- Narrow Ribbons
- Fabric Chalks
- Fabric-marking Pens
- Ironing Boards
- Sewing Machine
- Decorative Charms
- Heavy Paper Or Cardboard
- Ruler Or Yardsticks
How to Make a Sachet. Sachets are fabric bags that are filled with potpourri and tied off with ribbons. They can be placed in clothing drawers, hung in closets or given as gifts. Fill them with potpourri you buy at the store or potpourri that you make yourself.
Decide what size your sachet will be and what fabric you will use.
Choose a ribbon that coordinates with the fabric. A ribbon that is 1/4 inch wide or narrower works best. You'll need approximately 1/4 yard of ribbon for each sachet.
Make or purchase potpourri. Many different blends are readily available. Choose your favorite.
Use a yardstick or ruler to measure out a strip of fabric 10 1/2 inches by 3 1/4 inches. Cut out the strip.
Fold in the raw short edges, toward the wrong side of the fabric, approximately 1/4 inch.
Iron to hold the edges in place. Use a sewing machine to stitch turned-under edges into place. Repeat, turning the short edges in 1/4 inch more.
Fold the fabric strip in half, right sides together. Stitch a seam on each side of the bag, 1/4 inch from the raw edges.
Turn the bag right side out and fill it one-half to three-quarters full with potpourri.
Tie the bag closed with ribbon. Avoid knotting the ribbon. These bags are made to be opened and refilled when necessary.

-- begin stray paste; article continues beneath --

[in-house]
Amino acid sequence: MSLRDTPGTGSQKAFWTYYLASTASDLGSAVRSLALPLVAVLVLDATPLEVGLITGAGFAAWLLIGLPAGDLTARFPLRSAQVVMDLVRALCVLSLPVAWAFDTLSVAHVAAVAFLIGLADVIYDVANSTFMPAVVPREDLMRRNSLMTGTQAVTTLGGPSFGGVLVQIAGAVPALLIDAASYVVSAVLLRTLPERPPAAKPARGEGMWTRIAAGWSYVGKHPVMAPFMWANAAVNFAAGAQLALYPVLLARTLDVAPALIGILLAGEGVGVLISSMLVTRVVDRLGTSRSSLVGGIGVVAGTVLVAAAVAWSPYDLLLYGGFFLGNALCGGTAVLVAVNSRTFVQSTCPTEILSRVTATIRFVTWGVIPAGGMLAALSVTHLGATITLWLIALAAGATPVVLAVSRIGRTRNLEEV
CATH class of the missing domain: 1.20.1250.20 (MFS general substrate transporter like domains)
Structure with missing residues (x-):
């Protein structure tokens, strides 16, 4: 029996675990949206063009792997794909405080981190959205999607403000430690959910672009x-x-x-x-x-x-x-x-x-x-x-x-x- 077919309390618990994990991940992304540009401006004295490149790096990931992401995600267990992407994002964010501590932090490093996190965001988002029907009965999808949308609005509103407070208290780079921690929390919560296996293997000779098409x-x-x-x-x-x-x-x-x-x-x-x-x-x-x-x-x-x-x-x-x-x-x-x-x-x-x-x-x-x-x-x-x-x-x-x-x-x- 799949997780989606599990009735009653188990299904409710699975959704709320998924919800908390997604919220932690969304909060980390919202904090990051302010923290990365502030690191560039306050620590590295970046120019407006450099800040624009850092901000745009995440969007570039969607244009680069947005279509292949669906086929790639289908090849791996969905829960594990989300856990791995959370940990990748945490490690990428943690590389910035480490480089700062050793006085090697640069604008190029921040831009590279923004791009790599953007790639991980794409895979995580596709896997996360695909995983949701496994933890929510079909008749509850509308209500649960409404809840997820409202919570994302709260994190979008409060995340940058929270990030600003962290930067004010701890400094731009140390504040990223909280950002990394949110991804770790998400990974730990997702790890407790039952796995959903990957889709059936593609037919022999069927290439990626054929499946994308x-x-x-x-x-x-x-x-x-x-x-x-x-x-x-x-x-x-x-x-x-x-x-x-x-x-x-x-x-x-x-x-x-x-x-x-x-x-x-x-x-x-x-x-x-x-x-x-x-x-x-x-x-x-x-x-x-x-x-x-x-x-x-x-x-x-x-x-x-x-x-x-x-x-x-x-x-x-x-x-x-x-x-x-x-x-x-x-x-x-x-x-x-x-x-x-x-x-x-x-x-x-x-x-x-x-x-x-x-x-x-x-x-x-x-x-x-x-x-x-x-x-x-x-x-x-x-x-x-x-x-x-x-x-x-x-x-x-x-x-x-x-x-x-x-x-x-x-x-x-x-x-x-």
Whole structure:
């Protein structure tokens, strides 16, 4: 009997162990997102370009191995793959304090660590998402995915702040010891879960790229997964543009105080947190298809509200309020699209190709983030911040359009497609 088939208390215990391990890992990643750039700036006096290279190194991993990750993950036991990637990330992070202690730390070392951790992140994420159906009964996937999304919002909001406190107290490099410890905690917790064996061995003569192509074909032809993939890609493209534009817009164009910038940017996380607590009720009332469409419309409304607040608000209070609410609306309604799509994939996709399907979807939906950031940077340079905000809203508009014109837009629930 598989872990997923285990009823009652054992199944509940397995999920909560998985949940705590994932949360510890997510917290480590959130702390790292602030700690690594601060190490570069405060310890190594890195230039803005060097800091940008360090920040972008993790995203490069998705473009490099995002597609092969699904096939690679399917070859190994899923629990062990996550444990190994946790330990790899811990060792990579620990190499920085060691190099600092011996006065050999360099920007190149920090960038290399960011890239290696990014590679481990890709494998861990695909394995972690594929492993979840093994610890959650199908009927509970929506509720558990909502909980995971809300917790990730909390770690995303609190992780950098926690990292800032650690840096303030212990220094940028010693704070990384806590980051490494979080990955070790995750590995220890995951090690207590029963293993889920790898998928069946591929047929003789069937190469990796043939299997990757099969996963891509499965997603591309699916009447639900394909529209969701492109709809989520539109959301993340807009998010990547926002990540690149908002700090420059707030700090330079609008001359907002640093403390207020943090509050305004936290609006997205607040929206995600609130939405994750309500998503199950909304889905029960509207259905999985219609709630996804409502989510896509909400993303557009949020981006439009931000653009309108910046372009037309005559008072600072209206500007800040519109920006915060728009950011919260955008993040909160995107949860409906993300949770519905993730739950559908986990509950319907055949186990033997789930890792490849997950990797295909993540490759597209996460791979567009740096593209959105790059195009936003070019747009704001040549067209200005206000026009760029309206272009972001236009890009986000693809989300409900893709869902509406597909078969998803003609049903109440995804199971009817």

Look through your scrap fabric before you purchase fabric for your sachets. You might find something you can use. Choose a fabric that reflects the season. If your sachet is to be given as a spring gift, choose a pastel solid or print. For winter holiday gifts, choose one of the many available holiday prints. Look for potpourri blends that reflect the time of year. For example, if your sachet is to be given as a winter holiday gift, choose a blend that contains cinnamon or other spices associated with the season. Make a template, or pattern, for your sachet out of heavy paper or cardboard. Place the template onto the wrong side of the fabric and trace around the edges with a fabric marking pen or chalk. If you are making many sachets at once, this method will eliminate the need to remeasure each strip of fabric. Avoid potpourri that contains an excessive amount of oil. Depending on the type of fabric used, you might end up with an oil spot on your bag. To test, take a piece of your chosen fabric and place the potpourri on it for about 2 hours, then check for any spotting. You may need to choose a heavier fabric or a different blend of potpourri. Embroider initials onto the bag or slip a decorative charm onto the ribbon to add a special touch.